By Matt O'Neill, MSc(Nut&Diet), APD
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As you know, helping clients change their lifestyle is not always easy. So, using powerful questions to motivate change is essential. Here are the top five questions I use with clients:
1. Why is this worth doing?
If changing eating and exercise behaviour was easy, everyone would be fit and heathy. It does take some effort. So, it has to be worth doing.
What makes it worth it for you? Why is it really important to get into shape?
This question establishes compelling reasons for change which are vital for motivation.
A client may say, "It's worth doing because I will be well again."
Remind your client why they said it is worth it, particularly when they find the going tough or suffer a setback.
2. What makes you confident you'll do it?
It may be important to change, but you also need to feel you can change. This question examines the likelihood of success based on preparation, skills, barriers and past experiences.
Also ask "What are you not so confident about?" and offer advice and strategies to overcome barriers. It's the things that clients are not confident about that can derail their progress and break their program.
A client may say, "I'm confident because I've started to plan my meals."
But, “I'm not confident about cooking.” Praise and support the meal preparation and provide some simple recipes to start with.
3. What needs to change to make it happen?
For lifestyle changes to stick, all sorts of things need to change to make being healthy easier. Time management, priorities, routines, food shopping can all need to be re-organised.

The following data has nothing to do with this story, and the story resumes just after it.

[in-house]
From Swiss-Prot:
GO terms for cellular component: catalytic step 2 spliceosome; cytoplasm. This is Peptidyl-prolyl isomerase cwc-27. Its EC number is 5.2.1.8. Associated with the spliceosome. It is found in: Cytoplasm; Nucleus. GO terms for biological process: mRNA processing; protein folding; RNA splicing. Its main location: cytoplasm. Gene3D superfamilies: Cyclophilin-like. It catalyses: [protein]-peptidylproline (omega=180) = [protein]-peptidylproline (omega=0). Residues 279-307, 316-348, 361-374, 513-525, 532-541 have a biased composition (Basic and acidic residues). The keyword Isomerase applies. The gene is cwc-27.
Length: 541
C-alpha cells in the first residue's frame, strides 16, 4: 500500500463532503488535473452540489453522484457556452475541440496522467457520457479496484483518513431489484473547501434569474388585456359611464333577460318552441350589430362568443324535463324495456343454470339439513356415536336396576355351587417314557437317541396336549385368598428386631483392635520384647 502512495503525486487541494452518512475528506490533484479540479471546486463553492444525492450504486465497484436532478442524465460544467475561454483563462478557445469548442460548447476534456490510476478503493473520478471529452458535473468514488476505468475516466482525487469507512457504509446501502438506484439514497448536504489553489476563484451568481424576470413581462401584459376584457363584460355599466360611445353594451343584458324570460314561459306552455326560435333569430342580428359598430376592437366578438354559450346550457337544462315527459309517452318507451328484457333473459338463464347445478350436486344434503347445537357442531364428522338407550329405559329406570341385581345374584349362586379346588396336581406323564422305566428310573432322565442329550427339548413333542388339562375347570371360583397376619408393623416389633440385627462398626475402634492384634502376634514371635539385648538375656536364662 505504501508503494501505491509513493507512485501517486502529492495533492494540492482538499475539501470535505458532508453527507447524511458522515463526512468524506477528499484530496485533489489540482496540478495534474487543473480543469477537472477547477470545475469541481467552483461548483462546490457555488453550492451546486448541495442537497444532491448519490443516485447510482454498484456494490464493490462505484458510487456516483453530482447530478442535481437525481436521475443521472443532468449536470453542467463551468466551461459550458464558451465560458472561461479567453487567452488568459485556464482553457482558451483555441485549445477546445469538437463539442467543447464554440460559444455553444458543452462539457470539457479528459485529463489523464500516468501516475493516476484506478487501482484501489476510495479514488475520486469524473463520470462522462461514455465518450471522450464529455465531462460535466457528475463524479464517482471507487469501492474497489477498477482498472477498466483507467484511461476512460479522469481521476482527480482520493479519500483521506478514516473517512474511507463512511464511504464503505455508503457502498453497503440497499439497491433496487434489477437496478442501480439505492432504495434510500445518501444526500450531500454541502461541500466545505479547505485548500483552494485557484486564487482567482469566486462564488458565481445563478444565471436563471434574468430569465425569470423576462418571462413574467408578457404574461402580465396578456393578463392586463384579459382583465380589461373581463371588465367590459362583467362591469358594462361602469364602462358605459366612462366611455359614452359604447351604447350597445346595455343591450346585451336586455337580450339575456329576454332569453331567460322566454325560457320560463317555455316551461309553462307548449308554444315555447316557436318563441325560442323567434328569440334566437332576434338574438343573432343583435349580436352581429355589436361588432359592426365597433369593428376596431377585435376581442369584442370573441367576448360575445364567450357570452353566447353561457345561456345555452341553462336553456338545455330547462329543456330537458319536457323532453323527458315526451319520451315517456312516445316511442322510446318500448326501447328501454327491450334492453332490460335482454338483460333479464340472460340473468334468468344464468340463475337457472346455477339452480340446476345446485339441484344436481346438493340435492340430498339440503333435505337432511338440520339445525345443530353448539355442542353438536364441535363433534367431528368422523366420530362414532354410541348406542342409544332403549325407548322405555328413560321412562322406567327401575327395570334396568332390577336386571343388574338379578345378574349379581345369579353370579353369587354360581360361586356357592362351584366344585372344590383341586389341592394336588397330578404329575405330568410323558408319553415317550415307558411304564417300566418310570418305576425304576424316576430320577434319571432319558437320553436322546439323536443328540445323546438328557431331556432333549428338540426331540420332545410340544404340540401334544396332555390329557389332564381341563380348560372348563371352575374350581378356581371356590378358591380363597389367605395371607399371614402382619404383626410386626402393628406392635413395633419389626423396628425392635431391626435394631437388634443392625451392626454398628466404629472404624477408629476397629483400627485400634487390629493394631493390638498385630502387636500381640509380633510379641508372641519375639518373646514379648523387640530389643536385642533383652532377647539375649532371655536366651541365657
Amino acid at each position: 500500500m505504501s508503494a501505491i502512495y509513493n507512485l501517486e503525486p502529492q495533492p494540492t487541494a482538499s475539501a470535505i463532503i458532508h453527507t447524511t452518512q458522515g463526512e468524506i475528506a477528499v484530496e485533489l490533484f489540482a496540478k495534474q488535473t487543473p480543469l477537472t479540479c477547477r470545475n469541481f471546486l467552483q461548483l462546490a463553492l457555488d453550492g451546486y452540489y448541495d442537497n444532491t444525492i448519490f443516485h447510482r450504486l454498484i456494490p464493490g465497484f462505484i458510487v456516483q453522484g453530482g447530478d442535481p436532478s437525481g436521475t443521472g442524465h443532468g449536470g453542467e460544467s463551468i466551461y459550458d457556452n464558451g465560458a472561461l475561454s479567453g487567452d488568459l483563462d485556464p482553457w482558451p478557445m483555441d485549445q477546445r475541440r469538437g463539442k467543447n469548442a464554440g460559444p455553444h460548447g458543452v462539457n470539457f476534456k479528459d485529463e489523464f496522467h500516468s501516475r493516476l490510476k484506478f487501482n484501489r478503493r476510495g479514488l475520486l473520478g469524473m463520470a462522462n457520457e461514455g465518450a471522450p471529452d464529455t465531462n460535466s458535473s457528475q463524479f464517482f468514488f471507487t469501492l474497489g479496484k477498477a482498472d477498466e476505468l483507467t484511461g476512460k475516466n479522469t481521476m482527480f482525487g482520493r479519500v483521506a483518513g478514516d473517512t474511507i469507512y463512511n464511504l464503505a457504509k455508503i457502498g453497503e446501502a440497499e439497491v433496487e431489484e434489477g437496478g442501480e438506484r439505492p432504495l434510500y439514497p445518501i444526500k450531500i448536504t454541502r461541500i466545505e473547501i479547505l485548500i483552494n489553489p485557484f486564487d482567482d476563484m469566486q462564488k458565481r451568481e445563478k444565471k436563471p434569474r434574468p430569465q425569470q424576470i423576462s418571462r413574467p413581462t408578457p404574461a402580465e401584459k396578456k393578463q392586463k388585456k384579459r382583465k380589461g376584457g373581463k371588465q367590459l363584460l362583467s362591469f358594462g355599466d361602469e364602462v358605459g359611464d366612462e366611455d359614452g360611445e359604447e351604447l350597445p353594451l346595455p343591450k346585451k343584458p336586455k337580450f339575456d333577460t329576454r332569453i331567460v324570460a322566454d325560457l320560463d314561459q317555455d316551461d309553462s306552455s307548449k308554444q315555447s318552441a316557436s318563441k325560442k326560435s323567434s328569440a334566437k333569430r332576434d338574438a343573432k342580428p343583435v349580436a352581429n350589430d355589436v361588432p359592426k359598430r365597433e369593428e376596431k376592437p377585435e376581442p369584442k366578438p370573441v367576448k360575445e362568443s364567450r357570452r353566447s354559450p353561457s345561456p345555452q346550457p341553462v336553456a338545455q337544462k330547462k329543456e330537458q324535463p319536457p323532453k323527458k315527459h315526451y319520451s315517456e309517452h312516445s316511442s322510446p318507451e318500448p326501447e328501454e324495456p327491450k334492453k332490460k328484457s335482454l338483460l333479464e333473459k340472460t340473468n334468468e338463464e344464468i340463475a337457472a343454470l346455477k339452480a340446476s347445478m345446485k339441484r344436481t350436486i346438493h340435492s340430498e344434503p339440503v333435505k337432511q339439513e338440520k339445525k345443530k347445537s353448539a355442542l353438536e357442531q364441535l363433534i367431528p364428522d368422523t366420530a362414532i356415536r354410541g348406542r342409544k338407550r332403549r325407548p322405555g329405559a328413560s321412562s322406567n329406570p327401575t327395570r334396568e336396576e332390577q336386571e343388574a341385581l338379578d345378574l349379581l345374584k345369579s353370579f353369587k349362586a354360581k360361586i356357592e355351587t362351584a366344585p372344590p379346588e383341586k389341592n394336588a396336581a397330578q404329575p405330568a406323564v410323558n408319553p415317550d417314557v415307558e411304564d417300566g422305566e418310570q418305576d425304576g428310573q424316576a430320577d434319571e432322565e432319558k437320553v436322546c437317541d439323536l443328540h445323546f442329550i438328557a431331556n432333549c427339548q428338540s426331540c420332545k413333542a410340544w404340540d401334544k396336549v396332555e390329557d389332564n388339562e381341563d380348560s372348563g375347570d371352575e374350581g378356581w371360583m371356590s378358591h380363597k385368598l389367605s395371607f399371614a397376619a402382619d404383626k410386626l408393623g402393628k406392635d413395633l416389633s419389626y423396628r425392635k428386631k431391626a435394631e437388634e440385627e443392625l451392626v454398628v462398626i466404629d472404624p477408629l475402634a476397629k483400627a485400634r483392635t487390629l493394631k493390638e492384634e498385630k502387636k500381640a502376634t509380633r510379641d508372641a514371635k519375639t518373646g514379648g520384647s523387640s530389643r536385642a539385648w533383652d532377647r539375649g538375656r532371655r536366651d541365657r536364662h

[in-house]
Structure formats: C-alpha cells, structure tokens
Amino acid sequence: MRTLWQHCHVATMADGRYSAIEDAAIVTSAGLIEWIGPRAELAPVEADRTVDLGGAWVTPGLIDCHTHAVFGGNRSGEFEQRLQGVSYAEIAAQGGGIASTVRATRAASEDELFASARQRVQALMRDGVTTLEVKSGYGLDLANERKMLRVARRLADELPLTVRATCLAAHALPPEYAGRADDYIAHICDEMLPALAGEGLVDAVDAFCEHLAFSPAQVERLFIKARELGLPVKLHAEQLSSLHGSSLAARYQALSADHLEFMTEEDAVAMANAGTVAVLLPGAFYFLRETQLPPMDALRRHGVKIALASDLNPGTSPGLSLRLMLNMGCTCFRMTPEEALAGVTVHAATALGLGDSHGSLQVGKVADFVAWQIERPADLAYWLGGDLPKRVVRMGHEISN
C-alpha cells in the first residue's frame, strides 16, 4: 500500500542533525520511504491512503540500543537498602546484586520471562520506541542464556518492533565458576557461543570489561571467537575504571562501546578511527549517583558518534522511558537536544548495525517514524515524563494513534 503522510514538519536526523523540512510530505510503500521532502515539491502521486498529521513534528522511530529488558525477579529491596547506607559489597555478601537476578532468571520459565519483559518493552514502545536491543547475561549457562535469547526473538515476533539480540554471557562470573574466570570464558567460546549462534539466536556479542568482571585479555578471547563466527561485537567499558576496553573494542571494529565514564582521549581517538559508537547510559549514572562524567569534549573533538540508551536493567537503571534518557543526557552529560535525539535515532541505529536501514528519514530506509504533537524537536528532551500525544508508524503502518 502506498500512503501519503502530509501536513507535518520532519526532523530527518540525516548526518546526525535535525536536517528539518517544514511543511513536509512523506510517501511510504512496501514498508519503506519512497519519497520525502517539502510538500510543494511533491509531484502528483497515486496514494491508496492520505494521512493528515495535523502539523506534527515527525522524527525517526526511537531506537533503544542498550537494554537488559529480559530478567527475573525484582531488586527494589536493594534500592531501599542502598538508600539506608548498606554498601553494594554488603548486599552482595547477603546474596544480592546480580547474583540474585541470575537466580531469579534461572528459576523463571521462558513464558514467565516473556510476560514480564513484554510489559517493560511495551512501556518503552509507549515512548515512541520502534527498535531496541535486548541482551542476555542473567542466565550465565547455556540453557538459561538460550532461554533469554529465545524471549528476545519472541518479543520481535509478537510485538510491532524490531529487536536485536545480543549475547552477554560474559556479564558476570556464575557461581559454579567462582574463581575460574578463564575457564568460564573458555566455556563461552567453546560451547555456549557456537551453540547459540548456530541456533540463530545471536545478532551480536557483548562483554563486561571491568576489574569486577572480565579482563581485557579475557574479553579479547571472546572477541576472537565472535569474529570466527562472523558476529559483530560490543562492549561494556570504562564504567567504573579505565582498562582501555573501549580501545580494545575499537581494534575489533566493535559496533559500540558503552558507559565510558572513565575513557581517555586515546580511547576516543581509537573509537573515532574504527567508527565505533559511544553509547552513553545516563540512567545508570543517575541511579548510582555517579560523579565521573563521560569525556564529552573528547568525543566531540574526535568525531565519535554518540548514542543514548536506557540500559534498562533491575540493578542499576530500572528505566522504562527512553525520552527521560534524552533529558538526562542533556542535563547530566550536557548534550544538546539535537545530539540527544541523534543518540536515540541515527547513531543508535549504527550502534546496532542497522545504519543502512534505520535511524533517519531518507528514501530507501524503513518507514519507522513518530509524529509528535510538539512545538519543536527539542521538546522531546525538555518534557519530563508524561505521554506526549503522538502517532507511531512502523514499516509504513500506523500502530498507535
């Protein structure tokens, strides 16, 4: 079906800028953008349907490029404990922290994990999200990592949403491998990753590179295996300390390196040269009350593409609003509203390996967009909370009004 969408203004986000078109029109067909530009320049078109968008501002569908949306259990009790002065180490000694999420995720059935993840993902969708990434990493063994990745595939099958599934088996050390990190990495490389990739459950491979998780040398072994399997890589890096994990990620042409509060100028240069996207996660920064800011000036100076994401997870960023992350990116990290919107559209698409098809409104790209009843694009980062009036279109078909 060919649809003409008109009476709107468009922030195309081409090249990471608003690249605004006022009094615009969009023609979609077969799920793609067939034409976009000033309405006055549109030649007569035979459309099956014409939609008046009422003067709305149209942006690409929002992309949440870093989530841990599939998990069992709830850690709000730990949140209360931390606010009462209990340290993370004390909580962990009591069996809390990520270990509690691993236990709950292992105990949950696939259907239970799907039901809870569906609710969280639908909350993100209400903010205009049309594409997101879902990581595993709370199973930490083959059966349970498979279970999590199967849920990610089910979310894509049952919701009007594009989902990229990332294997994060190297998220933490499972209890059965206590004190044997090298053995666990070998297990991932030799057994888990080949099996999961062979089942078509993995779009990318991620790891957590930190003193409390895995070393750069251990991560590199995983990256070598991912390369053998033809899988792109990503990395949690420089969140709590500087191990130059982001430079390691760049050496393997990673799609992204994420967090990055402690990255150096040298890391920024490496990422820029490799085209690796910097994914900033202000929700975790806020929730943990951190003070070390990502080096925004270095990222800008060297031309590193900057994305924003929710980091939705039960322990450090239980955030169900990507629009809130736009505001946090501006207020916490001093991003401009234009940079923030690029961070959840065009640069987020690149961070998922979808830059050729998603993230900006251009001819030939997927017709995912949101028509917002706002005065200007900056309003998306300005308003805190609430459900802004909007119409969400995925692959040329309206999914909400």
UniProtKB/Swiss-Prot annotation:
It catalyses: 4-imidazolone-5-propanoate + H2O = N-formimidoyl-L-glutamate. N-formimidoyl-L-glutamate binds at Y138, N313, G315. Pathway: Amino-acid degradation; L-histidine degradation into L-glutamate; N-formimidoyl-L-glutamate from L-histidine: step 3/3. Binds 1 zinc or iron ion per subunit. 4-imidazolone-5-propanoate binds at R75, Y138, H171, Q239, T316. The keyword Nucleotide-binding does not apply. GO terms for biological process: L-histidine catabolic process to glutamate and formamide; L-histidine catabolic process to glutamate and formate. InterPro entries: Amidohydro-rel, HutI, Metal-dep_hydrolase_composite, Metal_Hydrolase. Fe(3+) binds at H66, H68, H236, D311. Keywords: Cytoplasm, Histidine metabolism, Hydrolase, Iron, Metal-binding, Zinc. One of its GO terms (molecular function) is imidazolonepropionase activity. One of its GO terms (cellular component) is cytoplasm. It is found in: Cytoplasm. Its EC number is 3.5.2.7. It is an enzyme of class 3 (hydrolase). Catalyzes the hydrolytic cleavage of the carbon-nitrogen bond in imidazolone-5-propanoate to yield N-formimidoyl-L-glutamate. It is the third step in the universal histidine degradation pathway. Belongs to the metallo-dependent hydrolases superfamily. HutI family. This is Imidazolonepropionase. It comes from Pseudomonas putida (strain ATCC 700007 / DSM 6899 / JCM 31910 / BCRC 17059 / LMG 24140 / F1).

What are the main things that you'll need to do differently in your life to make this work?
A client may say, "I'll need to make time for exercise, I'll need to do the food shopping on the weekend, I'll need to not have treats in the house."
This question helps to create a positive environment and the actions required for success.
4. Who is on board with you?
Support from family and friends to get fit and healthy can be the make or break.
What do your family think about this and what are they going to do to support you?
A client may say, "I've spoken with my partner about how I need their help."
Ask for specifics and help your client have recruitment conversations with family and friends.
5. What makes this time different?
This is perhaps the most important question because it provides an opportunity to establish commitment.
Why will this attempt be successful when previous attempts have not been?
A client may say, "I'm committed this time because I'm prepared to work fewer hours to fit in time to exercise.”
Without commitment, efforts to become fit, strong and healthy are just wishes. Have a commitment conversation with clients so they don't have another groundhog day weight loss experience.
I aim not to let a client proceed on a program of lifestyle change without answering these five key questions.
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